The Indian Commerce Ministry has announced the launch of a blockchain based coffee e-marketplace.
One of the main reasons to have a blockchain-based market place app to conduct trading of Indian coffee is to bring transparency, the government noted. This will have a positive impact on the consumers who are in search of real Indian coffee, as well as the grower who would be paid fairly for the coffee produced.
“This pilot project will help integrate the farmers with markets in a transparent manner and lead to realisation of fair price for the coffee producer,” said commerce secretary Dr. Anup Wadhawan in a statement. “Blockchain will also reduce the number of layers between coffee growers and buyers and help farmers double their income.”
This initiative is the latest in many taking place helping to further coordinate the food and drink supply chain. Last month American seafood provider Bumble Bee Foods announced that it was working with SAP to help trace yellowfin tuna from the ocean to the dinner table by making use of blockchain technologies.
In recent years, the number of critical cases related to food contamination or foodborne illness has made it essential to bring in the trend of food traceability. Many stakeholders are exploring blockchain technologies to tackle these issues.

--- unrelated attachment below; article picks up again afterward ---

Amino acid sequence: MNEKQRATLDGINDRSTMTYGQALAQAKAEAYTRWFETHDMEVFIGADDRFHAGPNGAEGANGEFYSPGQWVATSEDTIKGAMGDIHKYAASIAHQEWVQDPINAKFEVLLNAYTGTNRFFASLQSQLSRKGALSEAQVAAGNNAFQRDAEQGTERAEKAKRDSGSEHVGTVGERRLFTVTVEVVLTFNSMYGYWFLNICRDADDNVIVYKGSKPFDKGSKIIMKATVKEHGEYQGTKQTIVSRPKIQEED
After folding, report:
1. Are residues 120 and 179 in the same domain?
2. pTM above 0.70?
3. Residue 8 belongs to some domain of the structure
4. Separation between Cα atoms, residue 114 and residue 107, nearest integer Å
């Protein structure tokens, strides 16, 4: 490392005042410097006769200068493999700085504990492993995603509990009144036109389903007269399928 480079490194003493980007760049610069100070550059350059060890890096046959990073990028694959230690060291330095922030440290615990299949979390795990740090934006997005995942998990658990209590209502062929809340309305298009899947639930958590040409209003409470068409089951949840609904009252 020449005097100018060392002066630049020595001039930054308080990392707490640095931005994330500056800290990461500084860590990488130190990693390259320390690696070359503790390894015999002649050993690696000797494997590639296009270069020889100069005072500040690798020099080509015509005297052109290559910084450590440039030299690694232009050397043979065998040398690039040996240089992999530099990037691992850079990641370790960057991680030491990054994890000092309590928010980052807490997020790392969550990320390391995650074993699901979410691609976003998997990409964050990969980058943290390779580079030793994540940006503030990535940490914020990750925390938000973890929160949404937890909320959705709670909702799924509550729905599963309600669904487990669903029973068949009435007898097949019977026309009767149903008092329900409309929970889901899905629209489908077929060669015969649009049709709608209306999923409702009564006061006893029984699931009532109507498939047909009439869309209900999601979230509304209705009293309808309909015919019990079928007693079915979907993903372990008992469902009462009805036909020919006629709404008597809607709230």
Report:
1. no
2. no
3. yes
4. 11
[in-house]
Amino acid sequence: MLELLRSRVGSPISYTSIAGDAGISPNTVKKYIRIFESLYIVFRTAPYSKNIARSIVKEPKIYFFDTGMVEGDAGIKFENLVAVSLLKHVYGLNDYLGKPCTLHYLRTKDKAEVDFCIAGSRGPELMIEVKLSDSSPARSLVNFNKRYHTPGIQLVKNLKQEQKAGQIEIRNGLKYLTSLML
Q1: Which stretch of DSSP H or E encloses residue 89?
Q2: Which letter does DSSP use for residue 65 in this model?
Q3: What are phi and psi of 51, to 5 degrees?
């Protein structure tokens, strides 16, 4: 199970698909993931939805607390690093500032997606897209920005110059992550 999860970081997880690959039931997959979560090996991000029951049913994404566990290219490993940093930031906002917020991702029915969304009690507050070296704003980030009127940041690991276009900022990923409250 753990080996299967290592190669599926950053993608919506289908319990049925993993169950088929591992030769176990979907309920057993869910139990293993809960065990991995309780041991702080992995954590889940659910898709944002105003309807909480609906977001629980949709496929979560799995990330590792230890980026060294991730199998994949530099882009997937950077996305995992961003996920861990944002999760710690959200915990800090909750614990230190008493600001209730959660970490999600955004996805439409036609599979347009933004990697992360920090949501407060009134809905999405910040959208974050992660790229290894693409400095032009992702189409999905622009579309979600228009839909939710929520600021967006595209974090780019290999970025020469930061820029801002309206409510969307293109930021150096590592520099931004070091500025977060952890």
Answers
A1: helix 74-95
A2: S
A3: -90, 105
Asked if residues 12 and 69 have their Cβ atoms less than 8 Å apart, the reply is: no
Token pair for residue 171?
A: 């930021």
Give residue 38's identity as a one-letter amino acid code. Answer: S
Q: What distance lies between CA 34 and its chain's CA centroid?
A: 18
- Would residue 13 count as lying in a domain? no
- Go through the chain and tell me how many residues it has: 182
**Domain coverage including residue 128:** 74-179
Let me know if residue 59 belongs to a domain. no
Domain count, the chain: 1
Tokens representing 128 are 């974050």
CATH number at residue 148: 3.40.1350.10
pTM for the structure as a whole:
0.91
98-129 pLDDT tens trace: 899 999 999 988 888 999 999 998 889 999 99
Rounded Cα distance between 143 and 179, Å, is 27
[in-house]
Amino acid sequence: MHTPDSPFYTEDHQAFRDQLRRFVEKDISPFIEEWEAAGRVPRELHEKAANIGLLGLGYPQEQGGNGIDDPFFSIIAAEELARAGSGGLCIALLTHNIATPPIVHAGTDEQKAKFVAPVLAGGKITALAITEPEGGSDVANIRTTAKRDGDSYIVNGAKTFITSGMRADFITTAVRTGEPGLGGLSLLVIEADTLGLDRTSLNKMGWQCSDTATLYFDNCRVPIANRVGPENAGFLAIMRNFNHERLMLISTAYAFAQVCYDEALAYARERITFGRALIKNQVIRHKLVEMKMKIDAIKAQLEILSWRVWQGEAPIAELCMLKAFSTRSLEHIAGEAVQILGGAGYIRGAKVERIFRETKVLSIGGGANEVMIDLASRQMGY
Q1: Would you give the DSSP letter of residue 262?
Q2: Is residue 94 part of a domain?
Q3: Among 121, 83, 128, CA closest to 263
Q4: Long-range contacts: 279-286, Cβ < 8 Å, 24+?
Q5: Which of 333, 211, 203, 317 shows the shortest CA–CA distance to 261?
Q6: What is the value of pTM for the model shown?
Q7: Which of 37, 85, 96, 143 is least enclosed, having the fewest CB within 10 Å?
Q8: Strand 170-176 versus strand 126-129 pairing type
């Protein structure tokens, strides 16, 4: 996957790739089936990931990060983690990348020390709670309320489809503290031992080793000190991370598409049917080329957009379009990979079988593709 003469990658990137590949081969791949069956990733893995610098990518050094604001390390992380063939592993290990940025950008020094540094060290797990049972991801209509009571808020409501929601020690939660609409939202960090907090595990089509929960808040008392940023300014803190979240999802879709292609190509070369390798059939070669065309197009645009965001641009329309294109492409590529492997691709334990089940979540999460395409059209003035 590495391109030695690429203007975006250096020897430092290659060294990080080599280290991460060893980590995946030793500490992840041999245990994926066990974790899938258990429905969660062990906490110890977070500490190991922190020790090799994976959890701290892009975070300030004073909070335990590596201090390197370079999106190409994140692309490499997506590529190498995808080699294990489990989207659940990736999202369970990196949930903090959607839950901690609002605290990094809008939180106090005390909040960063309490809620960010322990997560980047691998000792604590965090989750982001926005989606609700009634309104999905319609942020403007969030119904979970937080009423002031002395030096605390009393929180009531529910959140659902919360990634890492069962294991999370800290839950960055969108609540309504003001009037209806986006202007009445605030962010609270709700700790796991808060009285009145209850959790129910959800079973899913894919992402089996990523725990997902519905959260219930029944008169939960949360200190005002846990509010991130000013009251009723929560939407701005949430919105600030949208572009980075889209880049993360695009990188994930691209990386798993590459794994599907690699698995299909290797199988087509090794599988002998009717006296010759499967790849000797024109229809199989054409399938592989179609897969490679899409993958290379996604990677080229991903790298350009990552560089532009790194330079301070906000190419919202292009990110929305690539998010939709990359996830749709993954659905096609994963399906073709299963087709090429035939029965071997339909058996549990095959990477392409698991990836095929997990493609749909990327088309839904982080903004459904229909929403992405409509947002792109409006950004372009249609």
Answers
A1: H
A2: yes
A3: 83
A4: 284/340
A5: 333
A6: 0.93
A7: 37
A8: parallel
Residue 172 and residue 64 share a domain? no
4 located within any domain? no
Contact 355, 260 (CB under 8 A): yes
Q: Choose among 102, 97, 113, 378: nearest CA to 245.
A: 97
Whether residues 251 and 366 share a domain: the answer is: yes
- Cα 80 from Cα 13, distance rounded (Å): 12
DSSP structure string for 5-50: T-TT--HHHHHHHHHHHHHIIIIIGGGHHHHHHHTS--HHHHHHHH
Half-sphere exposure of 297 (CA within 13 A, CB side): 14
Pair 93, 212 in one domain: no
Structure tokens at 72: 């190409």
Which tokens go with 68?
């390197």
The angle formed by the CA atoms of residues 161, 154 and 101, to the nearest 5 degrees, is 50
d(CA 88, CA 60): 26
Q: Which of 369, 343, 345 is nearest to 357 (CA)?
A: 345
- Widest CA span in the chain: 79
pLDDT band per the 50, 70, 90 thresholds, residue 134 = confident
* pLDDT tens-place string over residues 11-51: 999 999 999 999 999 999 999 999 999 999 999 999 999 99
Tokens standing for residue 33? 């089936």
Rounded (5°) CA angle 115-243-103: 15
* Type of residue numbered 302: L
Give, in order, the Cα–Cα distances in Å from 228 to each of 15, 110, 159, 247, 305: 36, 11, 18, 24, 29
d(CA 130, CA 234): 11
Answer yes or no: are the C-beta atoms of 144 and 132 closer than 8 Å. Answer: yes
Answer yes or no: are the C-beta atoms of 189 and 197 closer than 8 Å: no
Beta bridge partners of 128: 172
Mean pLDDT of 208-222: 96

SAP is able to track the entire information regarding the origin as well as the history of Bumble Bee Foods’ Natural Blue by Anova yellowfin tuna. The companies claim consumer worry related to food contamination has minimised significantly.
Vendors are also exploring end-to-end offerings. IBM Food Trust, a blockchain-based food and supply chain solution, was made available in October last year. The product can be utilised for both small and medium-sized enterprises working within the food supply chain, with subscription being between $100 to $10,000 per month depending upon annual revenue.
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